The ultra-deep formations of Tarim Basin is characterized by ultra-high temperature, high pressure, and ultra-thick composite salt-gypsum formations, so it will bring great challenge to well integrity during CO2 sequestration. Therefore it is necessary to evaluate the impact of temperature decrease and salt rock creep on injection well integrity.
Firstly, the numerical simulation method could be used to analyze the influence of temperature drop and salt rock creep on the integrity of the wellbore during CO2 sequestration. The actual stress of the wellbore cement sheath was equivalent to the simulated wellbore cement by the stress equivalent method. Secondly, CT scanning technology was used to detect the internal structure of the cement sheath, revealing its failure mechanism. Lastly, with the help of GMI and WELLCAT software, the optimization of design parameters during CO2 sequestration is realized.
The results show that under some circumstances the micro-annulus between casing and cement sheath can be changed by salt creep or self-healed. The mechanism of casing damage in salt layers was preliminarily revealed. CT scans were performed on the cement sheath before and after the experiment. By comparing the gap volume changes of the casing cement sheath, it was found that there was a micro-annulus between the casing cement sheath. The mechanism of casing damage in salt layers was preliminarily revealed during CO2 sequestration. It is indicated that casing damage is mainly caused by the non-uniform load induced by the creep of salt-gypsum layers, the low temperature, and the poor cementing quality. Finally, a series of measures were proposed to prevent casing damage during CO2 sequestration in the areas with a salt formation.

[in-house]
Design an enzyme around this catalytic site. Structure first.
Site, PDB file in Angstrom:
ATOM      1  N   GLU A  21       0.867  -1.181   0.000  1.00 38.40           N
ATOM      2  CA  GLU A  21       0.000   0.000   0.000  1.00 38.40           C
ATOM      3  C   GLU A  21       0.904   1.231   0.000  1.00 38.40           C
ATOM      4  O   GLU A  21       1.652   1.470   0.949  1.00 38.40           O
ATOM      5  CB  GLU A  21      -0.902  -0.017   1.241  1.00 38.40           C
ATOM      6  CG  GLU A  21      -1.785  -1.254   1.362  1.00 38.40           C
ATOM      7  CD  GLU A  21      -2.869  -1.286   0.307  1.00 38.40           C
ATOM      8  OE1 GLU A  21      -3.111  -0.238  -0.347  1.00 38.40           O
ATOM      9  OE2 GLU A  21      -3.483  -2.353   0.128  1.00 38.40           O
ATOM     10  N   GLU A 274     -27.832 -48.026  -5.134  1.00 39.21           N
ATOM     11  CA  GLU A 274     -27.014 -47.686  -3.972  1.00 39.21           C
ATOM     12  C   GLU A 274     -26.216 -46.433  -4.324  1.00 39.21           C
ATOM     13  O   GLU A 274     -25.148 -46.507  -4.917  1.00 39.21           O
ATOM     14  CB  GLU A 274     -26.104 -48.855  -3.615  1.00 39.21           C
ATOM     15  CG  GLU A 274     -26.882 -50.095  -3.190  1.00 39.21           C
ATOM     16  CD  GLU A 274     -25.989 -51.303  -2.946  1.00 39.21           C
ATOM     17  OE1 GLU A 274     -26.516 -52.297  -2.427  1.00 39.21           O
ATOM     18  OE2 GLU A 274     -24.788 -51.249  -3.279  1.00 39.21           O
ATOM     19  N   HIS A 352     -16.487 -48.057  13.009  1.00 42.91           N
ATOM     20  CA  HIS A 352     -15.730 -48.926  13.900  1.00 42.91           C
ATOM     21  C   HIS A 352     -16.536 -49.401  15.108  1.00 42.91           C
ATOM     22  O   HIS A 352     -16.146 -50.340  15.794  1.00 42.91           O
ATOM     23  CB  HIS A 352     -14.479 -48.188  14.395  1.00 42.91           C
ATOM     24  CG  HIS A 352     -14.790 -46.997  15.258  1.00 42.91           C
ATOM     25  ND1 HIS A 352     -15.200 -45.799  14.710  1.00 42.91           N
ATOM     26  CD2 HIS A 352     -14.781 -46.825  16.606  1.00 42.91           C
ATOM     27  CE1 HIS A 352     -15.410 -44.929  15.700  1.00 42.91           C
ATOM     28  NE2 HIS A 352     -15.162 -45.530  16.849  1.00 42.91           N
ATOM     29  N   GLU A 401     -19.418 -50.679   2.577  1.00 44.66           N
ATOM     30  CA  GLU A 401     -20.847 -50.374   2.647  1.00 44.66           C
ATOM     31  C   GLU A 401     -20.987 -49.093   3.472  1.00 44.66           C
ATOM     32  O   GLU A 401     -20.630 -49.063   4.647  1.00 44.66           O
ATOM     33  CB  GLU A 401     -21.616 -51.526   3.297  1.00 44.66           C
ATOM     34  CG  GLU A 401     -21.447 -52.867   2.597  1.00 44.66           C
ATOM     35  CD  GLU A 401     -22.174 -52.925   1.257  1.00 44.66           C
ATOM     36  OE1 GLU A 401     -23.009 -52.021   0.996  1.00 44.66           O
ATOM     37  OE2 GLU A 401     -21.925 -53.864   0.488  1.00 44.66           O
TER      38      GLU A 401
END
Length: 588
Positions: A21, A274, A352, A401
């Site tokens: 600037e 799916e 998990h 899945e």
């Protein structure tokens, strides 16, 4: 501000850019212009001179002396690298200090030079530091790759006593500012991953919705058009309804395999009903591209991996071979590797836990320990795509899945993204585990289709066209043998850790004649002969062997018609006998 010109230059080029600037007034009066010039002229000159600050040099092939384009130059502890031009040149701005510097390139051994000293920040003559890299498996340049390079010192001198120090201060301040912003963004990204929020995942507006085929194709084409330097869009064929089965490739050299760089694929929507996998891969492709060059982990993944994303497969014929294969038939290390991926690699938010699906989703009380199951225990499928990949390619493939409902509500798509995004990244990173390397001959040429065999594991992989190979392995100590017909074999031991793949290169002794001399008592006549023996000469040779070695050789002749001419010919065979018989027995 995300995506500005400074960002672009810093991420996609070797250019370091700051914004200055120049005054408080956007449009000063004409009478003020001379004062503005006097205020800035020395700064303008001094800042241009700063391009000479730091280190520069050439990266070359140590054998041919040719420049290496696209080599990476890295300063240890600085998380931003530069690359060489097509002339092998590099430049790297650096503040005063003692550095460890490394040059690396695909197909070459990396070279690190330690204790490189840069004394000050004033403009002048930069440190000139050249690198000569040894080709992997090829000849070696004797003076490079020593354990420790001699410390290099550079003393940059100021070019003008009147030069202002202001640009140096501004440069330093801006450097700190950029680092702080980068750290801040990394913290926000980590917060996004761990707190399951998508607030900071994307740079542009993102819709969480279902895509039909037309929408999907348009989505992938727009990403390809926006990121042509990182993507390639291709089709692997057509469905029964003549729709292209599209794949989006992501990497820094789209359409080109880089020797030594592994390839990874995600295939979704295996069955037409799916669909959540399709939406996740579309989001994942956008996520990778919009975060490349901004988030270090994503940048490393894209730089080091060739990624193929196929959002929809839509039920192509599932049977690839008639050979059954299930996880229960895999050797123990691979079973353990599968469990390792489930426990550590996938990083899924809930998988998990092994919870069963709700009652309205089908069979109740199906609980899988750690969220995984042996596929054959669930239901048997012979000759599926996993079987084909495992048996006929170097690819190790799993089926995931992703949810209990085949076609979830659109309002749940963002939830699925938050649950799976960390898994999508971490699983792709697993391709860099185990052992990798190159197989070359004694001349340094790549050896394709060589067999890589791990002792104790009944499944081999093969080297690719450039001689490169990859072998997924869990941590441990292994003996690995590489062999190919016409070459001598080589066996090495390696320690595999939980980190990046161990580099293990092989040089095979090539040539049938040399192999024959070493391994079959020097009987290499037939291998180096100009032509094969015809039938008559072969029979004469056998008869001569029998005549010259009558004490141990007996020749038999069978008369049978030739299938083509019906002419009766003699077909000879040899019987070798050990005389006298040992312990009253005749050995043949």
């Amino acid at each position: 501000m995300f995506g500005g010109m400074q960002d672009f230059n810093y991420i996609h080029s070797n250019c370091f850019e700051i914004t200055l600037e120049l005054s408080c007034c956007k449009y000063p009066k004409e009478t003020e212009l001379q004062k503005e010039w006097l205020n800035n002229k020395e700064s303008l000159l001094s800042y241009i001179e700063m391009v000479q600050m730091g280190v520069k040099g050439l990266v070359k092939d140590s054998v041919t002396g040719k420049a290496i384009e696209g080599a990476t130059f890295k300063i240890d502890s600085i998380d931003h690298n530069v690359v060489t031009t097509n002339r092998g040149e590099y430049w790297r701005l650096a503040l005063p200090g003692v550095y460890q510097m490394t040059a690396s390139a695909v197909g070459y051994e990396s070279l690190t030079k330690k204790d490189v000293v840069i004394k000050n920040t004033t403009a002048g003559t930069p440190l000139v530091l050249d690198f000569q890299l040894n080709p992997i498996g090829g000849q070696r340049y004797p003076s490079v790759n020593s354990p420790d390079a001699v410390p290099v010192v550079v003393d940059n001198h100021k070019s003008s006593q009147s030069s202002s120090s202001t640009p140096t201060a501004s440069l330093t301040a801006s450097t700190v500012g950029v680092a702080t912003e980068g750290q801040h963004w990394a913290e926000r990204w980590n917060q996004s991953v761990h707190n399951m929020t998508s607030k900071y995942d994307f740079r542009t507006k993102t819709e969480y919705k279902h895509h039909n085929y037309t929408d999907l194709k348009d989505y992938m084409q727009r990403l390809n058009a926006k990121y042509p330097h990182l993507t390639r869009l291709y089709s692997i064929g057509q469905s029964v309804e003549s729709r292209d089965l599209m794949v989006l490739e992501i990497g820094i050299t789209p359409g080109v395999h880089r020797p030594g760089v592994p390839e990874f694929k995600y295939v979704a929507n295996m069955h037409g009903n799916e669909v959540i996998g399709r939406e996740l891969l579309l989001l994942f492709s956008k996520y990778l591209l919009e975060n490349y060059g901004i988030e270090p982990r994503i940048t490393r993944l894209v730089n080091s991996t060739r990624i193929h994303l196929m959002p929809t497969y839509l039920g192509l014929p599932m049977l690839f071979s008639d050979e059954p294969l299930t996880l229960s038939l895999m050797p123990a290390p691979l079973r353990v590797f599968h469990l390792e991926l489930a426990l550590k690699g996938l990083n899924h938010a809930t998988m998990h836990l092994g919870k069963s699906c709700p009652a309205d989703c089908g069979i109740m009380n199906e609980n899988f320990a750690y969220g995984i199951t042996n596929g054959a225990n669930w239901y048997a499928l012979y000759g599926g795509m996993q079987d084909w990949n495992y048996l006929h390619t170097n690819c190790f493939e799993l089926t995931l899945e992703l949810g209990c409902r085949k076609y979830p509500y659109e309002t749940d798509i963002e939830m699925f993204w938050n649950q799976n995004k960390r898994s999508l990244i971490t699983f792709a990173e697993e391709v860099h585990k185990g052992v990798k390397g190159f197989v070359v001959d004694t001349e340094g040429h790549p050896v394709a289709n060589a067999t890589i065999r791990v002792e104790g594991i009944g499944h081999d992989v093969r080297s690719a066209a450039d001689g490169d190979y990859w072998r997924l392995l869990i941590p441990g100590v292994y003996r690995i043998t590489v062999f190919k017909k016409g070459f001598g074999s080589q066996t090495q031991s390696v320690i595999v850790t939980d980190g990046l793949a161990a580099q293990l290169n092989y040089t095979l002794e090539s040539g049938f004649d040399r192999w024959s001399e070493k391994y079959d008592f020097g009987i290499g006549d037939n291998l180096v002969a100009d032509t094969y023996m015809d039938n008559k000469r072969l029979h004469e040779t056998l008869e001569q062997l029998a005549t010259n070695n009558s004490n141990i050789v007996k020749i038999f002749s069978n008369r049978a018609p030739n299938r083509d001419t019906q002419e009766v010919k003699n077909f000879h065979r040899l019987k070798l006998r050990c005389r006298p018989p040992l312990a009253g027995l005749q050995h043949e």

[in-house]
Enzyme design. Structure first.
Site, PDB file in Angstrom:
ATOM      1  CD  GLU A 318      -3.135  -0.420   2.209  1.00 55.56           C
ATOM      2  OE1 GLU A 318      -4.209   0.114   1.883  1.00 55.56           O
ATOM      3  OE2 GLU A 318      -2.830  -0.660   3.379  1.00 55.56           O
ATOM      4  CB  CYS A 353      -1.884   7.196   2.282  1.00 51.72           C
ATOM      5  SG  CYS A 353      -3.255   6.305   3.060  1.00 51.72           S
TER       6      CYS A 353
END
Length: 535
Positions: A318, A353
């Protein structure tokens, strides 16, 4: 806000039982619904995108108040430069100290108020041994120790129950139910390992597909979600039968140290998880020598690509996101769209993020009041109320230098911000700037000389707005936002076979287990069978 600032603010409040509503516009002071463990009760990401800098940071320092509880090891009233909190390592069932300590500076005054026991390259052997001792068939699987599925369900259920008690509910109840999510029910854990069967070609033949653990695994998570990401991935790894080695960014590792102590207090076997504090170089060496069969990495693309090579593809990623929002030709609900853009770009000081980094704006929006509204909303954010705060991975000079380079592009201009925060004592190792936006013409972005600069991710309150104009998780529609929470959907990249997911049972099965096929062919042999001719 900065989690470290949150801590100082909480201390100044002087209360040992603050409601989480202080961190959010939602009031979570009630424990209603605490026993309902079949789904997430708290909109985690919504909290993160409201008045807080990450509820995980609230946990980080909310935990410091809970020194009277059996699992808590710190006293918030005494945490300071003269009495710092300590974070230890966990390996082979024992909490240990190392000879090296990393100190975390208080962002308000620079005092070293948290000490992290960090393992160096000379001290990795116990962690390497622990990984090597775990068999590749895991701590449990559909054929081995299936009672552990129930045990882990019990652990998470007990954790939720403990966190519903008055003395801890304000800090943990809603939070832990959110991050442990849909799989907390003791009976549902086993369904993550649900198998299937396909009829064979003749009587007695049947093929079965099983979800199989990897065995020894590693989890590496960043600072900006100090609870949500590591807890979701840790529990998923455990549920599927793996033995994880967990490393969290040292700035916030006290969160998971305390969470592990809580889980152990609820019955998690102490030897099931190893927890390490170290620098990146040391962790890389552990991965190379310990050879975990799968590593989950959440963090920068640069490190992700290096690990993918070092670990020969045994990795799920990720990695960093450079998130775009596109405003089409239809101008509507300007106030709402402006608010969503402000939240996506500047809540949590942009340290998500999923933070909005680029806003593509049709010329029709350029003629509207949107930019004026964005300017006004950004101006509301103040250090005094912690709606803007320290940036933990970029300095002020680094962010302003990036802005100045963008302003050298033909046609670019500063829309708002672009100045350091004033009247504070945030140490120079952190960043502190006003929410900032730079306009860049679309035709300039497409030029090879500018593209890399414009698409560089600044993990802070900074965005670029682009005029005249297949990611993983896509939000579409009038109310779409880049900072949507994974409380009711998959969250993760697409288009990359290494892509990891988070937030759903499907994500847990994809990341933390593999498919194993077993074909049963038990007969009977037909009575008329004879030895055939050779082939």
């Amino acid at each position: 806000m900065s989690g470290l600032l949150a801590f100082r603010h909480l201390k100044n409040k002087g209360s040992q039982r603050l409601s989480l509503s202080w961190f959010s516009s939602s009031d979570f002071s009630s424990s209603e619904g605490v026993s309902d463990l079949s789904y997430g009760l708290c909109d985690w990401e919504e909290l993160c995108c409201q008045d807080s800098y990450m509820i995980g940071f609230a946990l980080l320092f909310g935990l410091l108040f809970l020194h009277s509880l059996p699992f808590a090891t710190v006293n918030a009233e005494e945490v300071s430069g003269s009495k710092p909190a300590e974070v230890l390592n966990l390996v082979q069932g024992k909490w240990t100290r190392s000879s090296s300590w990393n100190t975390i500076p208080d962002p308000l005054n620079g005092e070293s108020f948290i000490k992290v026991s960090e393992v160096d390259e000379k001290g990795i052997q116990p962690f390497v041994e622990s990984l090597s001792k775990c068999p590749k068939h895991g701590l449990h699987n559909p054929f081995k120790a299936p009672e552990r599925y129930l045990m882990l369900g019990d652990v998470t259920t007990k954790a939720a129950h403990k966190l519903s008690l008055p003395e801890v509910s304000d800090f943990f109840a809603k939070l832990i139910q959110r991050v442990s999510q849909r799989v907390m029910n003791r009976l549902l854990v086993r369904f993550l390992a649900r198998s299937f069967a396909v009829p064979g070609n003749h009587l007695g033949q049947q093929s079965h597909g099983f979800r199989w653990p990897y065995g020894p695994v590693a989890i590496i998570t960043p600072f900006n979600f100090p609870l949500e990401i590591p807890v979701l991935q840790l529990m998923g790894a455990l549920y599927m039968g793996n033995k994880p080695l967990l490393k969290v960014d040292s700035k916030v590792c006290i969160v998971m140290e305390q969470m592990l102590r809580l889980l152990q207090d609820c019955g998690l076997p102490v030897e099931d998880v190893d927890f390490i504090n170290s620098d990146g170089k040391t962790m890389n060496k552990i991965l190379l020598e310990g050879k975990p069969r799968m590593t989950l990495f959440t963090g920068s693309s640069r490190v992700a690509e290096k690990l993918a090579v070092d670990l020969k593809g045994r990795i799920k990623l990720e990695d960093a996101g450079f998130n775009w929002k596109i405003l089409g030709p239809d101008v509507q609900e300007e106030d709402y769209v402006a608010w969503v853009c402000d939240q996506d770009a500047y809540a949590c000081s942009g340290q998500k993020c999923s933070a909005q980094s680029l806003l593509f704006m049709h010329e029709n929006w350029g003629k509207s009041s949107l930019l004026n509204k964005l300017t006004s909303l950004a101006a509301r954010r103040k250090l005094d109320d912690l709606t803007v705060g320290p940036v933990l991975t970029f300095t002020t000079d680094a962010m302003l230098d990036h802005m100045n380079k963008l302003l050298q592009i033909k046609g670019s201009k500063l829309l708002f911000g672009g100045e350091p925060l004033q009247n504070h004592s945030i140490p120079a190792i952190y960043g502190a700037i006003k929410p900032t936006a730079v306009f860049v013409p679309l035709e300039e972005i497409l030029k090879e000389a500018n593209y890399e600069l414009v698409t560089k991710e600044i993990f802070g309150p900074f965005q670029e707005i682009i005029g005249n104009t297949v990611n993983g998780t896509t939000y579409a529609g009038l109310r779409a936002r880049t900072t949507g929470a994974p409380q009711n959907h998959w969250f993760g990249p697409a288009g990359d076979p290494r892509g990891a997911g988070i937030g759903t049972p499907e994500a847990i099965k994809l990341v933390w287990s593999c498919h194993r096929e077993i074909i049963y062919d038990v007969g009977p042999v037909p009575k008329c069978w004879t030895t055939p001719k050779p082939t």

This new method can effectively reduce cost of casing material selection and make for guaranteeing oilfield development efficiency and CO2 sequestration while maintaining wellbore integrity and controllable well control safety.